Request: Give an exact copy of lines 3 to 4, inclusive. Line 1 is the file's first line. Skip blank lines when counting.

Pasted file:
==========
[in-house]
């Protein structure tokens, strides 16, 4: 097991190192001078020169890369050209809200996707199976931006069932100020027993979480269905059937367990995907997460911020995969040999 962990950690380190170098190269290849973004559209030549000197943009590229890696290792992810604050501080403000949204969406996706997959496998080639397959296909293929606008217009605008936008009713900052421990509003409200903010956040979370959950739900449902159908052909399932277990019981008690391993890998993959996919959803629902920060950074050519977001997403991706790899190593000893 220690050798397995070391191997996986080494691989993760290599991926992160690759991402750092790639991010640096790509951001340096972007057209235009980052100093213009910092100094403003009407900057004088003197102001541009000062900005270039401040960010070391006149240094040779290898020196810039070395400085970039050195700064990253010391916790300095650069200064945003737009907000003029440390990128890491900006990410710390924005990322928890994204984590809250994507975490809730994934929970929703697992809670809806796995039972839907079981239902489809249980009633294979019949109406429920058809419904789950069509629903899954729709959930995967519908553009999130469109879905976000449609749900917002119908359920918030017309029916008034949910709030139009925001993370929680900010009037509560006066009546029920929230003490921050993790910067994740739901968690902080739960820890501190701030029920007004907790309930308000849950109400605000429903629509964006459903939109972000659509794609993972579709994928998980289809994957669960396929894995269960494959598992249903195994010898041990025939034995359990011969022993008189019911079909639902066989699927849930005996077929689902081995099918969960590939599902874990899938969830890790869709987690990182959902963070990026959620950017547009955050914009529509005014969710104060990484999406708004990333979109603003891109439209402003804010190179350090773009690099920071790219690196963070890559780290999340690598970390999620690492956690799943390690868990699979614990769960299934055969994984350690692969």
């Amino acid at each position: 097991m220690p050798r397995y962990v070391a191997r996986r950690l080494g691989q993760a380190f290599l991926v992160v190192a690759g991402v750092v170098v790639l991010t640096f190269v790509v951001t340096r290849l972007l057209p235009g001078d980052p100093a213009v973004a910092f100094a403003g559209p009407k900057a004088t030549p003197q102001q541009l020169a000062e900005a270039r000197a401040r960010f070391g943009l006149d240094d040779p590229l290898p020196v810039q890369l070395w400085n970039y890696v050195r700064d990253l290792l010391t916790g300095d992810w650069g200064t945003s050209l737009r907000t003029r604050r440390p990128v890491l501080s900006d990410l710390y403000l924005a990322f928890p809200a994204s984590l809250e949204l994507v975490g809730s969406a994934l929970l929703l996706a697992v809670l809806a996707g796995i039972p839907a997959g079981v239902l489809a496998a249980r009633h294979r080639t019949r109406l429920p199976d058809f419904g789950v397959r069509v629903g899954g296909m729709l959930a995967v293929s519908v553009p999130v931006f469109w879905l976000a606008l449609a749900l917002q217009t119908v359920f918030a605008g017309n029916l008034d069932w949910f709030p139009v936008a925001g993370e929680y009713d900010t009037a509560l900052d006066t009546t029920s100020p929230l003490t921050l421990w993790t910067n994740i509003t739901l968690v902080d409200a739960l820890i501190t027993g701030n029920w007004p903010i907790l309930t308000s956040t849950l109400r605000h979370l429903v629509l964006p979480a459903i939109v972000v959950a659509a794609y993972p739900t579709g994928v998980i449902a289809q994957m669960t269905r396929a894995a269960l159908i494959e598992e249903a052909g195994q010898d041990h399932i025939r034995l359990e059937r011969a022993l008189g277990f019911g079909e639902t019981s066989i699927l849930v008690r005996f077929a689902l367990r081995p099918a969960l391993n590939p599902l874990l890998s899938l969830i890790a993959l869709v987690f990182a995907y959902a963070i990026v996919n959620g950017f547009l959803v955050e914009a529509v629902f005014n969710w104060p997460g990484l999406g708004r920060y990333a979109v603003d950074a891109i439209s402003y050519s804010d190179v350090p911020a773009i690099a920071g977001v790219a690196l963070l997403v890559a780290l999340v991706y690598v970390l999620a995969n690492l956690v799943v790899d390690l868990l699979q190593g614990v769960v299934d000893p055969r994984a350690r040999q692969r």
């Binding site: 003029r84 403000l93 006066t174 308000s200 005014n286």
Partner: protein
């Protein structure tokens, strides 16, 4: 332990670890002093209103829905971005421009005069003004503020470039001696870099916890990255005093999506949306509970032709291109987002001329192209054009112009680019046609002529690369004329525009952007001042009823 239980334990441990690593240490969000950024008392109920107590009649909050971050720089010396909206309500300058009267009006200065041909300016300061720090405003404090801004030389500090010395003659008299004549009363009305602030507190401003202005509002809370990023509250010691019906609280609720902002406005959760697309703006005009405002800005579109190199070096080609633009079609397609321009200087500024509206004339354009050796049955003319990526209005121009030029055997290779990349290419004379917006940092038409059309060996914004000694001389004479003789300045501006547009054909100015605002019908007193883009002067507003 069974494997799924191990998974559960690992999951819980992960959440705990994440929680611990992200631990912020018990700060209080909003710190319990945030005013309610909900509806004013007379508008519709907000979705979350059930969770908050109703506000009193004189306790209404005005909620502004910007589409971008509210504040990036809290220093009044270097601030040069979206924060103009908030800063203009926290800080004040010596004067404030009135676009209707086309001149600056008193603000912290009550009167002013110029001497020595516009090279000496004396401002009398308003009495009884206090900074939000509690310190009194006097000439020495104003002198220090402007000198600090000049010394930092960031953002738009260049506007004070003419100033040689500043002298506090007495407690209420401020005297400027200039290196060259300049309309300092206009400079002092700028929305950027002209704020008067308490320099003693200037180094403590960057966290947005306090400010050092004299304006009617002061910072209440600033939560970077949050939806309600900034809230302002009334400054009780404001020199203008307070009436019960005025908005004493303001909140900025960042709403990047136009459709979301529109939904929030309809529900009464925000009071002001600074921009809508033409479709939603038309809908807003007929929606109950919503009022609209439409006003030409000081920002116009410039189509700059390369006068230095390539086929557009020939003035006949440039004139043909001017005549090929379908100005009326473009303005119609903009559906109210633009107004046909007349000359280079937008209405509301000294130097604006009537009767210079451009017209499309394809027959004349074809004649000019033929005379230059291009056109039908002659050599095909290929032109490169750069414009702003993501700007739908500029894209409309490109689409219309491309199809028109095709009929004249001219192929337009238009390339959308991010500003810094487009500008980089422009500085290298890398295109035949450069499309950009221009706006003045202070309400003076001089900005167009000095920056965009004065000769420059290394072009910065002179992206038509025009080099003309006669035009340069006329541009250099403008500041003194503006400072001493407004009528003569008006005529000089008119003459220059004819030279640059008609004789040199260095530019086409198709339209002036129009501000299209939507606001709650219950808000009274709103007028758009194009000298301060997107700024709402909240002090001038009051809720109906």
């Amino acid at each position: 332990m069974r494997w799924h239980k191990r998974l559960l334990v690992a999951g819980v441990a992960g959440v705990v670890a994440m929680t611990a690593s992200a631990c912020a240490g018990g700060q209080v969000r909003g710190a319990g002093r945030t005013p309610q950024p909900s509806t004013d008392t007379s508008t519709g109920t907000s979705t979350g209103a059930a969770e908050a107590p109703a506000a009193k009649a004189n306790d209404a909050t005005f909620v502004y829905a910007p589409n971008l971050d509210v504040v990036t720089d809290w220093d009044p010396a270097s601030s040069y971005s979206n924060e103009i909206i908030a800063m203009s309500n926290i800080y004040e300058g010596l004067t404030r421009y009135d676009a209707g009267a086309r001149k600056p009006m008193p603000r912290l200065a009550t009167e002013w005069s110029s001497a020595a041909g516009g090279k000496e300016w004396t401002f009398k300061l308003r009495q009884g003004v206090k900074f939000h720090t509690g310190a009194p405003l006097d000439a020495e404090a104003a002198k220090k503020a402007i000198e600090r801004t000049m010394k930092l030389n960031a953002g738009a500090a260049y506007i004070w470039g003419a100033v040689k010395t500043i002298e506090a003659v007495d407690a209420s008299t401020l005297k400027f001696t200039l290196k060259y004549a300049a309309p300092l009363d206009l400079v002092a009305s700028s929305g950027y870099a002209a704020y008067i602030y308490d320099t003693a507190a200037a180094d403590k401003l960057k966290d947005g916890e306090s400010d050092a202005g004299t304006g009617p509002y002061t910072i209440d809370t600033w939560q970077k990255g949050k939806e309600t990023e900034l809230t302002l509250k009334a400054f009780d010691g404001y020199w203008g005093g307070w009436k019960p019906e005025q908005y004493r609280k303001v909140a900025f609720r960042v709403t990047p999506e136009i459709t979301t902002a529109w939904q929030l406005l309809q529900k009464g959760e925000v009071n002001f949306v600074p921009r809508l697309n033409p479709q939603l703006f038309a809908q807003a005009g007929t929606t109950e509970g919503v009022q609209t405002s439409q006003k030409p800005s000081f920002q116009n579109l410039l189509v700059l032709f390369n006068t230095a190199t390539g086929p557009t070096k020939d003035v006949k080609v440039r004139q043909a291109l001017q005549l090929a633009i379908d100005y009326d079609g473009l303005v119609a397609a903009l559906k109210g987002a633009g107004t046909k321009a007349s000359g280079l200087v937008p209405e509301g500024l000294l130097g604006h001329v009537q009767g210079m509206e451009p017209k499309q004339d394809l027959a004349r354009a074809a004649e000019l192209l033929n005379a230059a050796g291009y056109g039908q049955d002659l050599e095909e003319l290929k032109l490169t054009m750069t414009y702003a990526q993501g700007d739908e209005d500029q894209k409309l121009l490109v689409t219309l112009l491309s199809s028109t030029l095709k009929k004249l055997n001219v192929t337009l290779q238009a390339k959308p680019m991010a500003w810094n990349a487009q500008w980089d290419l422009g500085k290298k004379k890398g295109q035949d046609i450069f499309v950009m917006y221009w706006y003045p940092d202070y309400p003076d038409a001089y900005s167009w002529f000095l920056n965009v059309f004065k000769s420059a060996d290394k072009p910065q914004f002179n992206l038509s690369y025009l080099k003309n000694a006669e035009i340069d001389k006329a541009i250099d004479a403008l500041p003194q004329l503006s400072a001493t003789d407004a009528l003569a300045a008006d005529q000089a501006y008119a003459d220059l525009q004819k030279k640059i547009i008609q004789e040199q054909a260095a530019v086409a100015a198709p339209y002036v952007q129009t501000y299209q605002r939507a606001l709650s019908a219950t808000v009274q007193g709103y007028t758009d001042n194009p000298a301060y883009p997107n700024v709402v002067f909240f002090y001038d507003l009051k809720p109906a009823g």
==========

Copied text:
């Amino acid at each position: 097991m220690p050798r397995y962990v070391a191997r996986r950690l080494g691989q993760a380190f290599l991926v992160v190192a690759g991402v750092v170098v790639l991010t640096f190269v790509v951001t340096r290849l972007l057209p235009g001078d980052p100093a213009v973004a910092f100094a403003g559209p009407k900057a004088t030549p003197q102001q541009l020169a000062e900005a270039r000197a401040r960010f070391g943009l006149d240094d040779p590229l290898p020196v810039q890369l070395w400085n970039y890696v050195r700064d990253l290792l010391t916790g300095d992810w650069g200064t945003s050209l737009r907000t003029r604050r440390p990128v890491l501080s900006d990410l710390y403000l924005a990322f928890p809200a994204s984590l809250e949204l994507v975490g809730s969406a994934l929970l929703l996706a697992v809670l809806a996707g796995i039972p839907a997959g079981v239902l489809a496998a249980r009633h294979r080639t019949r109406l429920p199976d058809f419904g789950v397959r069509v629903g899954g296909m729709l959930a995967v293929s519908v553009p999130v931006f469109w879905l976000a606008l449609a749900l917002q217009t119908v359920f918030a605008g017309n029916l008034d069932w949910f709030p139009v936008a925001g993370e929680y009713d900010t009037a509560l900052d006066t009546t029920s100020p929230l003490t921050l421990w993790t910067n994740i509003t739901l968690v902080d409200a739960l820890i501190t027993g701030n029920w007004p903010i907790l309930t308000s956040t849950l109400r605000h979370l429903v629509l964006p979480a459903i939109v972000v959950a659509a794609y993972p739900t579709g994928v998980i449902a289809q994957m669960t269905r396929a894995a269960l159908i494959e598992e249903a052909g195994q010898d041990h399932i025939r034995l359990e059937r011969a022993l008189g277990f019911g079909e639902t019981s066989i699927l849930v008690r005996f077929a689902l367990r081995p099918a969960l391993n590939p599902l874990l890998s899938l969830i890790a993959l869709v987690f990182a995907y959902a963070i990026v996919n959620g950017f547009l959803v955050e914009a529509v629902f005014n969710w104060p997460g990484l999406g708004r920060y990333a979109v603003d950074a891109i439209s402003y050519s804010d190179v350090p911020a773009i690099a920071g977001v790219a690196l963070l997403v890559a780290l999340v991706y690598v970390l999620a995969n690492l956690v799943v790899d390690l868990l699979q190593g614990v769960v299934d000893p055969r994984a350690r040999q692969r």
């Binding site: 003029r84 403000l93 006066t174 308000s200 005014n286």